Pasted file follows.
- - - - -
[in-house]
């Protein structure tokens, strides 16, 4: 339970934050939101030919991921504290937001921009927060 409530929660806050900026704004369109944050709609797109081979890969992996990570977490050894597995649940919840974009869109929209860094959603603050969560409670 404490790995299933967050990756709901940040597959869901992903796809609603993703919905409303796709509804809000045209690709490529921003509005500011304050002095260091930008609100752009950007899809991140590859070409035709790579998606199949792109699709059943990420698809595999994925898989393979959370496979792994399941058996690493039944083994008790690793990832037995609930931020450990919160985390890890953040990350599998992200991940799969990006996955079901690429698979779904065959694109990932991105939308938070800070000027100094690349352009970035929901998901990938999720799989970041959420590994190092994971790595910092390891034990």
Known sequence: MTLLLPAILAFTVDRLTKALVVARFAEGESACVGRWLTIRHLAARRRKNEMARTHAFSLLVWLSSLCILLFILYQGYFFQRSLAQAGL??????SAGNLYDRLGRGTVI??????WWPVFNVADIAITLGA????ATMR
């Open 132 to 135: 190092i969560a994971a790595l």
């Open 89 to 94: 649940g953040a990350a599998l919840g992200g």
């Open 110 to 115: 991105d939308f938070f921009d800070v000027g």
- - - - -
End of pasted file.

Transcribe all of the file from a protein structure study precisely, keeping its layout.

[in-house]
């Protein structure tokens, strides 16, 4: 339970934050939101030919991921504290937001921009927060 409530929660806050900026704004369109944050709609797109081979890969992996990570977490050894597995649940919840974009869109929209860094959603603050969560409670 404490790995299933967050990756709901940040597959869901992903796809609603993703919905409303796709509804809000045209690709490529921003509005500011304050002095260091930008609100752009950007899809991140590859070409035709790579998606199949792109699709059943990420698809595999994925898989393979959370496979792994399941058996690493039944083994008790690793990832037995609930931020450990919160985390890890953040990350599998992200991940799969990006996955079901690429698979779904065959694109990932991105939308938070800070000027100094690349352009970035929901998901990938999720799989970041959420590994190092994971790595910092390891034990």
Known sequence: MTLLLPAILAFTVDRLTKALVVARFAEGESACVGRWLTIRHLAARRRKNEMARTHAFSLLVWLSSLCILLFILYQGYFFQRSLAQAGL??????SAGNLYDRLGRGTVI??????WWPVFNVADIAITLGA????ATMR
């Open 132 to 135: 190092i969560a994971a790595l």
């Open 89 to 94: 649940g953040a990350a599998l919840g992200g």
């Open 110 to 115: 991105d939308f938070f921009d800070v000027g």